Well, the previous post about the changing role of the
carrier certainly revealed the paradigms and how difficult it is to change
proponents will fight tooth and nail to hang on to their traditional role.
Let’s follow up with an actual historical example of the carrier as an escort for other strike assets. WWII offers an illustrative example of the concept of the carrier as escort in the form of Operation Hailstone which was the US attack on the Japanese base of Truk. An excellent description of the operation is available at the Naval History and Heritage Command website and I leave it to the reader to visit the site for an in-depth description of the operation.
To briefly summarize, the attack on Truk occurred in mid-February 1944. The US attacking fleet consisted of five fleet carriers, four light carriers, six fast battleships, ten cruisers, 28 destroyers and more than 500 aircraft. Although the Japanese main fleet had fled from Truk just days prior to the attack, the Japanese defenders still had 300-400 aircraft operating from five airfields on the island which constituted a major threat to any attacking surface force.
|Attack on Truk|
Though not explicitly intended as such, the operation illustrates the use of the carrier to escort a surface strike force and clear the way for it to operate by establishing local air superiority.
The opening action of the strike on Truk involved a US carrier fighter sweep of 72 aircraft launched during the pre-dawn hours from 90 nautical miles northeast of the island. The sweep, combined with a subsequent steady stream of bombing and strafing attacks (does any of this sound vaguely like a story you just read?) over the course of the day eliminated the Japanese aircraft and airfields as a threat.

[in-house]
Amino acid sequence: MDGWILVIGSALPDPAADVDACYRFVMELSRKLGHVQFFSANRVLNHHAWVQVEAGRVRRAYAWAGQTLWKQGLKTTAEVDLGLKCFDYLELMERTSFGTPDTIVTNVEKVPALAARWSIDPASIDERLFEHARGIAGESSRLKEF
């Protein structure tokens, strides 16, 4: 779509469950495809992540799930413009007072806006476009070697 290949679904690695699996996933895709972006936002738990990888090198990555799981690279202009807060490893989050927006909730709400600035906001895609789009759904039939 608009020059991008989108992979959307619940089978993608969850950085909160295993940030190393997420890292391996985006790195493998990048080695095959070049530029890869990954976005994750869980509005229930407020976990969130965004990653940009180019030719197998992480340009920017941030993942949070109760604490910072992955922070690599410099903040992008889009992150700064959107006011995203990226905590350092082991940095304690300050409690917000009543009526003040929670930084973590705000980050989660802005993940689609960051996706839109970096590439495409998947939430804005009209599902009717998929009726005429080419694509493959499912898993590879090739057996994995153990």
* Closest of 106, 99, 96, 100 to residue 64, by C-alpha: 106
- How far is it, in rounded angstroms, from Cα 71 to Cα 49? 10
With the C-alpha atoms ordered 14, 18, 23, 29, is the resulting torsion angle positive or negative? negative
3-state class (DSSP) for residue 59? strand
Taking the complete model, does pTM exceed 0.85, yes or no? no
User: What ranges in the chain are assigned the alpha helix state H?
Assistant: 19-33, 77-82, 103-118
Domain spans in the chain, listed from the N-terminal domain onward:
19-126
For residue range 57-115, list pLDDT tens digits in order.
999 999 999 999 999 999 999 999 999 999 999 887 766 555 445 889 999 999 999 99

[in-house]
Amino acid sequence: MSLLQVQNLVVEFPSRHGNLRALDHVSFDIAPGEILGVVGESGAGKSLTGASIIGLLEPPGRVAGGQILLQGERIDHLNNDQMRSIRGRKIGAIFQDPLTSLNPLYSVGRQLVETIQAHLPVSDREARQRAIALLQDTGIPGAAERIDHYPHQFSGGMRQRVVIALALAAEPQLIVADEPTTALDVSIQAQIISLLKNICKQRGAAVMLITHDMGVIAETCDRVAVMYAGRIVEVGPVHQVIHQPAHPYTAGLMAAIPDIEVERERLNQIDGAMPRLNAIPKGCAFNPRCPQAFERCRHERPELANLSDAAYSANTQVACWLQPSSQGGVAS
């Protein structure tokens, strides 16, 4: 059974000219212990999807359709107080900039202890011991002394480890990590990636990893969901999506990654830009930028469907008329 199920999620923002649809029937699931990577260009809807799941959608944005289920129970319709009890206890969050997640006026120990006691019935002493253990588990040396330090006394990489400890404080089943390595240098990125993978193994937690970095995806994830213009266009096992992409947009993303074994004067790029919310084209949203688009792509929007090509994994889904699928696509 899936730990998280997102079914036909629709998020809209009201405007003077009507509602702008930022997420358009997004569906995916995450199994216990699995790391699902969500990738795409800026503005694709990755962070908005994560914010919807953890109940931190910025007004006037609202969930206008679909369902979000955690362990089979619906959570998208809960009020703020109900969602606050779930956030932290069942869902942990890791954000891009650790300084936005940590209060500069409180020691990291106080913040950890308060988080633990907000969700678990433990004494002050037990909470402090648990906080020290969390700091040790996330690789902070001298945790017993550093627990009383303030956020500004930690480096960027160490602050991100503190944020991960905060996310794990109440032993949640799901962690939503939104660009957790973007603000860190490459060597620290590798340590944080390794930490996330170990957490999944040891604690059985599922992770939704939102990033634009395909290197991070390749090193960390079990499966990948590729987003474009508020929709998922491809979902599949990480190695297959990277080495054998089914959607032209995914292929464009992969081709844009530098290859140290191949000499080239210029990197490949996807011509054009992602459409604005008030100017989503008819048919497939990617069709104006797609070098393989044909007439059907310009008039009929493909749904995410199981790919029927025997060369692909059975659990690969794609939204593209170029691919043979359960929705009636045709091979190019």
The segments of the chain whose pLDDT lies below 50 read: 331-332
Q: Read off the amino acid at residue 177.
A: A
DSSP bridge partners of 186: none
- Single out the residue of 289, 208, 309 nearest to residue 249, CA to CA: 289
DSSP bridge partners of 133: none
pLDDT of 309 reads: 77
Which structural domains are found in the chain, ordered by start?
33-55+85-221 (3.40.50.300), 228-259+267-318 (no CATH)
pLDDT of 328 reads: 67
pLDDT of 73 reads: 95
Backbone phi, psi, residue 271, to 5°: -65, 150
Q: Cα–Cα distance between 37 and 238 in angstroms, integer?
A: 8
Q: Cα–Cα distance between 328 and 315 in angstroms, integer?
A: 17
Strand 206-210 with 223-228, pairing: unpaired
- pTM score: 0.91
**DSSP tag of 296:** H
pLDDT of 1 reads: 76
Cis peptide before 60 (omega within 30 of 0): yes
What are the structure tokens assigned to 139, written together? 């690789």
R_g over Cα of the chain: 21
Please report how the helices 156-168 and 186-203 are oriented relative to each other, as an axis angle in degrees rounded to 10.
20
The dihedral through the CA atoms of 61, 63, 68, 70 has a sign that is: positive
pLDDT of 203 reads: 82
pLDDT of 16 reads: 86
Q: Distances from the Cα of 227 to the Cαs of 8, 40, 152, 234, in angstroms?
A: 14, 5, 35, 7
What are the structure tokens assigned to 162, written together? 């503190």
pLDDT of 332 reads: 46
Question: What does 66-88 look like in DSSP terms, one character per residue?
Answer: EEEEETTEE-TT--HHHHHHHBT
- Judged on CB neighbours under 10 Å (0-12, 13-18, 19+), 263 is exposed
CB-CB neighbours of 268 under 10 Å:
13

With the Japanese aerial threat eliminated, Admiral Spruance led a surface group of battleships, cruisers, and destroyers on an extended bombardment cruise and surface sweep around the island.
Vice Admiral Spruance led an “around-the-atoll cruise” (TG 50.9) on 17 February to catch leakers, bombarding shore installations as it went. Consisting of the new battleships New Jersey and Iowa, the heavy cruisers Minneapolis (CA-36) and New Orleans (CA-32) (all survivors of the Tassafaronga debacle in November 1942), and four destroyers (covered by combat air patrol from the light carrier Cowpens), TG 50.9 caught the light cruiser Katori. That ship, the auxiliary cruiser Akagi Maru, two destroyers Maikaze and Nowaki), and a minesweeping trawler Shonan Maru No. 15 had left Truk before the attack but had not gotten far enough away. (1)
Though not explicitly the operational intent, the carriers cleared the way for the battleships and cruisers to conduct extended strikes without fear of Japanese air attacks. By establishing local air superiority, the carrier aircraft were able to cover the battleship’s movements and strikes, provide a combat air patrol (CAP) for the surface group, and cover the group’s eventual withdrawal. This illustrates the concept of carriers escorting the striking power of the battleships, though, again, this was not the operational intent. Still, it offers a concise, albeit unintentional, example of the concept.
(1)Naval History and Heritage Command website, “H-026-3: Operation Hailstone—Carrier Raid on Truk Island, 17–18 February 1944 ”,